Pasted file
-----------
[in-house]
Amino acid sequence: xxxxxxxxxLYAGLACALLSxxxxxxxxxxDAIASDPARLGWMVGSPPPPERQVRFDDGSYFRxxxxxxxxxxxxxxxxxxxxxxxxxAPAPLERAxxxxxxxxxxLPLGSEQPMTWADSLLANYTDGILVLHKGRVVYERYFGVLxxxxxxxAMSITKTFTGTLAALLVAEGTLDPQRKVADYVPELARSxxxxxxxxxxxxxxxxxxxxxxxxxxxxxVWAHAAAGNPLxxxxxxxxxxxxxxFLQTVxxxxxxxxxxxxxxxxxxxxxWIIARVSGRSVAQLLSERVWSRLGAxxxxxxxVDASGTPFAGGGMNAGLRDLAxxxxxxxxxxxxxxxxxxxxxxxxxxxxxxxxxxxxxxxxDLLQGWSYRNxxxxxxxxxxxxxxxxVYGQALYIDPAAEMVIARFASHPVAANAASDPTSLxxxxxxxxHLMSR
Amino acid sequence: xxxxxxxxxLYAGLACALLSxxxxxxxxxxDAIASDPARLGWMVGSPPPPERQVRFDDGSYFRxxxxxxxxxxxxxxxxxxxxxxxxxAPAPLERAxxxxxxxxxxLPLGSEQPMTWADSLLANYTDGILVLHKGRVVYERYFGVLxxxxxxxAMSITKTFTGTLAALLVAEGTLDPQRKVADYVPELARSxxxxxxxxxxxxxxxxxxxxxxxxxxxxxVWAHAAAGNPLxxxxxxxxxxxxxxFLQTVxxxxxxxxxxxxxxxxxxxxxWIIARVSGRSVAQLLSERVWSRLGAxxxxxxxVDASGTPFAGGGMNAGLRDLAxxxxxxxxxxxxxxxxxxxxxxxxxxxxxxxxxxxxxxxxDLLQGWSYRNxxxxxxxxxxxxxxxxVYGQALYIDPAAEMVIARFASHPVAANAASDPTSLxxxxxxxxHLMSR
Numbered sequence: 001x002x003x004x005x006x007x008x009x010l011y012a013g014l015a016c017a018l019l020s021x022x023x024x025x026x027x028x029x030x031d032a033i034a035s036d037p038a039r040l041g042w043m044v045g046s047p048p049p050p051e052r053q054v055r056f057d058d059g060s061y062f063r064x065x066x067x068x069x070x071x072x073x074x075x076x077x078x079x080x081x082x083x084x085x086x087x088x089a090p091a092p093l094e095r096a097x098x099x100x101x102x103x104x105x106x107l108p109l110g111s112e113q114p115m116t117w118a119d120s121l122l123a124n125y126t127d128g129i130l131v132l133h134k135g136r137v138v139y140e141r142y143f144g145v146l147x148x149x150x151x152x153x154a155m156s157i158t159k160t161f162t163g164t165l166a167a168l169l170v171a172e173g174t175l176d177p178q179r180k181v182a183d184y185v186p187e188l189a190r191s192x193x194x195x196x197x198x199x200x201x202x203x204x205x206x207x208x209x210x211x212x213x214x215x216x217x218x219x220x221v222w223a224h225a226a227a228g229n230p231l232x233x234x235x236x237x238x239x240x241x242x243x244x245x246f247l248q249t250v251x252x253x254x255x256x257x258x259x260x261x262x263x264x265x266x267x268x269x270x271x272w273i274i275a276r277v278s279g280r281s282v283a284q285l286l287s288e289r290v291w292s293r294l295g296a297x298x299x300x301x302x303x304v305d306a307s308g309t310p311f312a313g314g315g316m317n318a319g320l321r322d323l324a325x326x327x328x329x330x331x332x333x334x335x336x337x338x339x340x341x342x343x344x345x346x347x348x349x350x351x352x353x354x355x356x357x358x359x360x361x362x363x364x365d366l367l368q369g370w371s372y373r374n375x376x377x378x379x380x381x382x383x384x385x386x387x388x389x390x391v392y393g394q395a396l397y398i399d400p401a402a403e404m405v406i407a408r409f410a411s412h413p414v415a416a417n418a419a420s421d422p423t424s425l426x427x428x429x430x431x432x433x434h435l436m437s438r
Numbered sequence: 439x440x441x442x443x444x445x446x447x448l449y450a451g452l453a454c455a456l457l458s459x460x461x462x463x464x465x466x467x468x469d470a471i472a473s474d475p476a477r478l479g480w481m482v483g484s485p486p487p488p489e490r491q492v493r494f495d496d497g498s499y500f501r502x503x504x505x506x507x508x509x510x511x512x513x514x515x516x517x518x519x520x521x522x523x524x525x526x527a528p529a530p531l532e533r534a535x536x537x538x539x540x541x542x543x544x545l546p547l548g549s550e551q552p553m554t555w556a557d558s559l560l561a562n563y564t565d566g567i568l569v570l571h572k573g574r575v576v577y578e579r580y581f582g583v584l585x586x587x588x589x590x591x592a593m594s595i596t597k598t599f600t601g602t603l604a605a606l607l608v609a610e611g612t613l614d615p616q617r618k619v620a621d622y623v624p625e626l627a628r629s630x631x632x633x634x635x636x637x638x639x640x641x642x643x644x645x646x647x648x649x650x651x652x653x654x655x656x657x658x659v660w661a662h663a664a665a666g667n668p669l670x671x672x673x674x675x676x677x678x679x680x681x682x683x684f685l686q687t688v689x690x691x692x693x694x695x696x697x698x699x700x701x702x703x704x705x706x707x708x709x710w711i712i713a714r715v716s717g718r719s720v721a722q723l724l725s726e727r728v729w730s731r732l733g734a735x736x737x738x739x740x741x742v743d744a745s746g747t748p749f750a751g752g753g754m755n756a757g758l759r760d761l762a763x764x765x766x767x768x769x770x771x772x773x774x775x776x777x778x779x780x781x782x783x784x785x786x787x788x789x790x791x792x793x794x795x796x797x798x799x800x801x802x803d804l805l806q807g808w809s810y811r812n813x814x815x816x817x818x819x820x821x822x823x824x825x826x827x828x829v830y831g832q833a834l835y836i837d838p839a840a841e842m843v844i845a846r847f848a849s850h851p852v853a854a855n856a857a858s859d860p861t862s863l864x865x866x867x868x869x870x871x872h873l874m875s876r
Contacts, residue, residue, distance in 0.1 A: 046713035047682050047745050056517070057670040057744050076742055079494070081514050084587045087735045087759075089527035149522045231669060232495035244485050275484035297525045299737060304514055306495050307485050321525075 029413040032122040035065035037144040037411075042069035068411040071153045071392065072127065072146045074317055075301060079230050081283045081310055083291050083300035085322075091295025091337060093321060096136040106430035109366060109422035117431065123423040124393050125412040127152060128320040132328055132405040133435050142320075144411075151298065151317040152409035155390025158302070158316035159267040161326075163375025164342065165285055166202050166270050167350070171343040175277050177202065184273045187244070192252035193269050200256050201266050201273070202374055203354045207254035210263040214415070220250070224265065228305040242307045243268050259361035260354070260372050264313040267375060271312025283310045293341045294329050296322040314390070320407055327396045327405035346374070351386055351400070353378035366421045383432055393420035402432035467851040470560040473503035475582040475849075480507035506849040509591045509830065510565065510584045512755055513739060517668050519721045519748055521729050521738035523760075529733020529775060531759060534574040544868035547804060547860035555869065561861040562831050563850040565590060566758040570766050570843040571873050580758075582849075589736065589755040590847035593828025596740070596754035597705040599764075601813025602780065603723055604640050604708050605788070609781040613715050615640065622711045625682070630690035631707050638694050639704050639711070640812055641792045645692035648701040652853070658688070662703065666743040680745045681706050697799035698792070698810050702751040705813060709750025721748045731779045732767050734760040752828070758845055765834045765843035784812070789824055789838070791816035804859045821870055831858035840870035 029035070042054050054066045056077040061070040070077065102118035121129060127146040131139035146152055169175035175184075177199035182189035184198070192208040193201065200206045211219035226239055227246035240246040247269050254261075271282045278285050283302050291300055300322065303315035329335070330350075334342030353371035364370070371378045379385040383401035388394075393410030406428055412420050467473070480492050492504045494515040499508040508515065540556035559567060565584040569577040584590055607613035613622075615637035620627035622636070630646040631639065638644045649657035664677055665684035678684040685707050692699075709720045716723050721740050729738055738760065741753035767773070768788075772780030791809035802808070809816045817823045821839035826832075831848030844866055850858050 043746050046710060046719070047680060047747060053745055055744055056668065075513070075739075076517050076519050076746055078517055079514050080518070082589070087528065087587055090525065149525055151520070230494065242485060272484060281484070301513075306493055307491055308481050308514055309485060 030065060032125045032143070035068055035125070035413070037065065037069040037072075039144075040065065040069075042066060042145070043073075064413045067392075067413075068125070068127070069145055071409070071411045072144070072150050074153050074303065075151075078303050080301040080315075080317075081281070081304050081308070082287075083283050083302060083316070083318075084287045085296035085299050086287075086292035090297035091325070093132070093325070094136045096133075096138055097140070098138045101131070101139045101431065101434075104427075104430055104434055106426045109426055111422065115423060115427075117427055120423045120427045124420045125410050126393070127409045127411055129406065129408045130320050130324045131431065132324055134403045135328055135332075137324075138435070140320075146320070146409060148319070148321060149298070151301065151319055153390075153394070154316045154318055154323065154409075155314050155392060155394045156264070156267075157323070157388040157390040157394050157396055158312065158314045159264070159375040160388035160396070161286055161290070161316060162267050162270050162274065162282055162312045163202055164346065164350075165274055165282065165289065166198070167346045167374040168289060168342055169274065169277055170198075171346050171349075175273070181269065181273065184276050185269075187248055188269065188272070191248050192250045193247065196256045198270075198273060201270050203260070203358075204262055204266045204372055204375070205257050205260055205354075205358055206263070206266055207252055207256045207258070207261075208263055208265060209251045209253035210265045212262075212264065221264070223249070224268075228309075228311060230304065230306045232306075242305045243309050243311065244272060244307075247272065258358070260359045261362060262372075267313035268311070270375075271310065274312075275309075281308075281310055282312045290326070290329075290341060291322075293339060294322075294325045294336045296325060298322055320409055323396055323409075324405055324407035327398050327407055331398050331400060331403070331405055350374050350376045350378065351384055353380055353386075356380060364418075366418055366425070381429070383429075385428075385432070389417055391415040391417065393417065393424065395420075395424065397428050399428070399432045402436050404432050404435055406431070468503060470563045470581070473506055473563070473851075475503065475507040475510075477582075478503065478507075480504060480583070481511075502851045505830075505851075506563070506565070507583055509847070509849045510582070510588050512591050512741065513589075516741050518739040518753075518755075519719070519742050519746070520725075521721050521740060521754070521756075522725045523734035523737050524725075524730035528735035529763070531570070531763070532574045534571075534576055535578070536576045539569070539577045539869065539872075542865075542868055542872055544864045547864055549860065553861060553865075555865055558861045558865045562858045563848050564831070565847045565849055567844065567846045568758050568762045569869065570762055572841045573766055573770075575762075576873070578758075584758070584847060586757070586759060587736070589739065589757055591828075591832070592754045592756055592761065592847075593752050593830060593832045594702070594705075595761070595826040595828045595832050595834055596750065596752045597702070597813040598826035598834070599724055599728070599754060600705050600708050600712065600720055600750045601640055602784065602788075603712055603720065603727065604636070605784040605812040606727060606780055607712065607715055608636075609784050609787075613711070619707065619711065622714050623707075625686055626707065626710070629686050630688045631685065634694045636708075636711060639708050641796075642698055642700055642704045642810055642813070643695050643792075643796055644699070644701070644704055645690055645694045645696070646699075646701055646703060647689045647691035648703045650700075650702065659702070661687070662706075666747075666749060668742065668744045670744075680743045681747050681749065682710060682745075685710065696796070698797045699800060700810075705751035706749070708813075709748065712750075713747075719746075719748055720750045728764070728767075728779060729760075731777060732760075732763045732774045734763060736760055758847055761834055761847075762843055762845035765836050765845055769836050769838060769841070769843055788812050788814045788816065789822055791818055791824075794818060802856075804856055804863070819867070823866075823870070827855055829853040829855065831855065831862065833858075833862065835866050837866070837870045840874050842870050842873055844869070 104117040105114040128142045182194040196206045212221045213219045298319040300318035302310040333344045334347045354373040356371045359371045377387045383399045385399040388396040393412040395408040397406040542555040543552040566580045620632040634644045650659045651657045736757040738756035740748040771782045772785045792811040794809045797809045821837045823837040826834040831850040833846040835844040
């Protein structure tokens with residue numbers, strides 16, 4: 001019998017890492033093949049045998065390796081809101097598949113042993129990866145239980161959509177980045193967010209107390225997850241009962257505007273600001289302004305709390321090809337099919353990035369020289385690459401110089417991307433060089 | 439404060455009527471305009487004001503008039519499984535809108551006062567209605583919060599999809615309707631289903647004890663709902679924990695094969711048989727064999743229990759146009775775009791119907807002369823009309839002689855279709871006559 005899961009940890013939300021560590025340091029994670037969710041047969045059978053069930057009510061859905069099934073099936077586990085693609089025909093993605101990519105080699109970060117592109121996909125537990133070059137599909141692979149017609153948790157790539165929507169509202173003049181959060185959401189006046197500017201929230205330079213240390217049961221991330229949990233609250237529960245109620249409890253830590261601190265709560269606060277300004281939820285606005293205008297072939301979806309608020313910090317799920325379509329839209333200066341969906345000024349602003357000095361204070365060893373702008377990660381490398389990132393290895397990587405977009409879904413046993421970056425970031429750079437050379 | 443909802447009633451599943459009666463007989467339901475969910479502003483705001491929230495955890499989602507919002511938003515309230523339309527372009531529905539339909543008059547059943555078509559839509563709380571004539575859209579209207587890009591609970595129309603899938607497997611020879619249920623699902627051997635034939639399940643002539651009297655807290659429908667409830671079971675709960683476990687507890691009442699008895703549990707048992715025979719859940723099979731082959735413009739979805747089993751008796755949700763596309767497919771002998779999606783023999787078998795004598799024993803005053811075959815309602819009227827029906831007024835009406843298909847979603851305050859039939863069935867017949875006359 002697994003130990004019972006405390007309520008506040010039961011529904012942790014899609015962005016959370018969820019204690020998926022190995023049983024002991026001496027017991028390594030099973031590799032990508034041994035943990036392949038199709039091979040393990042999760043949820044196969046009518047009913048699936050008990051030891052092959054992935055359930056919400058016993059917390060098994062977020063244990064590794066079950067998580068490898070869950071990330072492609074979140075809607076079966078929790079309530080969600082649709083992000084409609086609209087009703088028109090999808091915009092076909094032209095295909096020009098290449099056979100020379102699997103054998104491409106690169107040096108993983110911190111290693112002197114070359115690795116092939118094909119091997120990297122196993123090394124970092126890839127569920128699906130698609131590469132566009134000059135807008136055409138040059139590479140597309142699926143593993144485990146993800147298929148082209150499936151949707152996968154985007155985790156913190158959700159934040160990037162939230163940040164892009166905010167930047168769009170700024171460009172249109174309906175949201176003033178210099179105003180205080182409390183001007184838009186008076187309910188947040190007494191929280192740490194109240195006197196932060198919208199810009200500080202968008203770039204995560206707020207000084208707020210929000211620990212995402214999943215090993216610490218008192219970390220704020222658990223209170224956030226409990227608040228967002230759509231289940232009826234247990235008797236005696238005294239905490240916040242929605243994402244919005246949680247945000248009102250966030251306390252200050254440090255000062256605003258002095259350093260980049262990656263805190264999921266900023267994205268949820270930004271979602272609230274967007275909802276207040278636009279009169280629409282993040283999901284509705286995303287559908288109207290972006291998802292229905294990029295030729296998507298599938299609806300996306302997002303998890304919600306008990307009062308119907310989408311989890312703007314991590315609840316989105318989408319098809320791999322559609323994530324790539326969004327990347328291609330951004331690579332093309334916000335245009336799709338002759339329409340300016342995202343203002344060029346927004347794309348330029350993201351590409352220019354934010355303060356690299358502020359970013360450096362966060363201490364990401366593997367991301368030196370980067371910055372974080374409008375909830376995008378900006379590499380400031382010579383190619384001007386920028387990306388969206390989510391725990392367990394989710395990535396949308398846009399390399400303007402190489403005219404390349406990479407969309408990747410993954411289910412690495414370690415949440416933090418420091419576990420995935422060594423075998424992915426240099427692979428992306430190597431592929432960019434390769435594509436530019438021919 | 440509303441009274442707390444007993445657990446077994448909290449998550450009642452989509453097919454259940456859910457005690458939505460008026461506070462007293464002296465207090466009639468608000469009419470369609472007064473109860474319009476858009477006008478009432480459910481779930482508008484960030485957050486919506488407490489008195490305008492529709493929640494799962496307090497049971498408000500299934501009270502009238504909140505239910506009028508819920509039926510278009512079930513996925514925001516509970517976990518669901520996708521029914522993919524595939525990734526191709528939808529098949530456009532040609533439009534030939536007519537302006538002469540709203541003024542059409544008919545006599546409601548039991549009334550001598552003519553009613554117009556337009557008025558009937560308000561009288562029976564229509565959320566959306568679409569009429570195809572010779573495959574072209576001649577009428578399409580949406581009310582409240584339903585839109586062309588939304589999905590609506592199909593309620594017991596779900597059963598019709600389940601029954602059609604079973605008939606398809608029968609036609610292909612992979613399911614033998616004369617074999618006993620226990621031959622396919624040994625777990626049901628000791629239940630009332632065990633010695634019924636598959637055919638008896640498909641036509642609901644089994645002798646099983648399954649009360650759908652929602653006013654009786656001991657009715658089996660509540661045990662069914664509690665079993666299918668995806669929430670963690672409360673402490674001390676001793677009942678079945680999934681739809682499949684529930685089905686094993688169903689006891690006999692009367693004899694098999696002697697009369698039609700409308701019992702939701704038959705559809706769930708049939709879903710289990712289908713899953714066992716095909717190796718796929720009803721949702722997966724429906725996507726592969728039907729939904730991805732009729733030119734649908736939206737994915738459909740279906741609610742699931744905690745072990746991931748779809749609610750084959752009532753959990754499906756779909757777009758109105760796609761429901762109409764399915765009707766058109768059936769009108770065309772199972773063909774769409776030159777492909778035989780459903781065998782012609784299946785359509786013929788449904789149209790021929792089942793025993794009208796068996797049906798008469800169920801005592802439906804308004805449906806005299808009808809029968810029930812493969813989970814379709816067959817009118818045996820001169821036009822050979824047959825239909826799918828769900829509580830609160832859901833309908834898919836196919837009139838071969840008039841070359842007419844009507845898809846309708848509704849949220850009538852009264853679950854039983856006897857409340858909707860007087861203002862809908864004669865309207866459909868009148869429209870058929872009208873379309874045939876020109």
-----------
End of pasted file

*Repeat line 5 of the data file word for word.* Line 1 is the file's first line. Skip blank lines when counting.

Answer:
Numbered sequence: 439x440x441x442x443x444x445x446x447x448l449y450a451g452l453a454c455a456l457l458s459x460x461x462x463x464x465x466x467x468x469d470a471i472a473s474d475p476a477r478l479g480w481m482v483g484s485p486p487p488p489e490r491q492v493r494f495d496d497g498s499y500f501r502x503x504x505x506x507x508x509x510x511x512x513x514x515x516x517x518x519x520x521x522x523x524x525x526x527a528p529a530p531l532e533r534a535x536x537x538x539x540x541x542x543x544x545l546p547l548g549s550e551q552p553m554t555w556a557d558s559l560l561a562n563y564t565d566g567i568l569v570l571h572k573g574r575v576v577y578e579r580y581f582g583v584l585x586x587x588x589x590x591x592a593m594s595i596t597k598t599f600t601g602t603l604a605a606l607l608v609a610e611g612t613l614d615p616q617r618k619v620a621d622y623v624p625e626l627a628r629s630x631x632x633x634x635x636x637x638x639x640x641x642x643x644x645x646x647x648x649x650x651x652x653x654x655x656x657x658x659v660w661a662h663a664a665a666g667n668p669l670x671x672x673x674x675x676x677x678x679x680x681x682x683x684f685l686q687t688v689x690x691x692x693x694x695x696x697x698x699x700x701x702x703x704x705x706x707x708x709x710w711i712i713a714r715v716s717g718r719s720v721a722q723l724l725s726e727r728v729w730s731r732l733g734a735x736x737x738x739x740x741x742v743d744a745s746g747t748p749f750a751g752g753g754m755n756a757g758l759r760d761l762a763x764x765x766x767x768x769x770x771x772x773x774x775x776x777x778x779x780x781x782x783x784x785x786x787x788x789x790x791x792x793x794x795x796x797x798x799x800x801x802x803d804l805l806q807g808w809s810y811r812n813x814x815x816x817x818x819x820x821x822x823x824x825x826x827x828x829v830y831g832q833a834l835y836i837d838p839a840a841e842m843v844i845a846r847f848a849s850h851p852v853a854a855n856a857a858s859d860p861t862s863l864x865x866x867x868x869x870x871x872h873l874m875s876r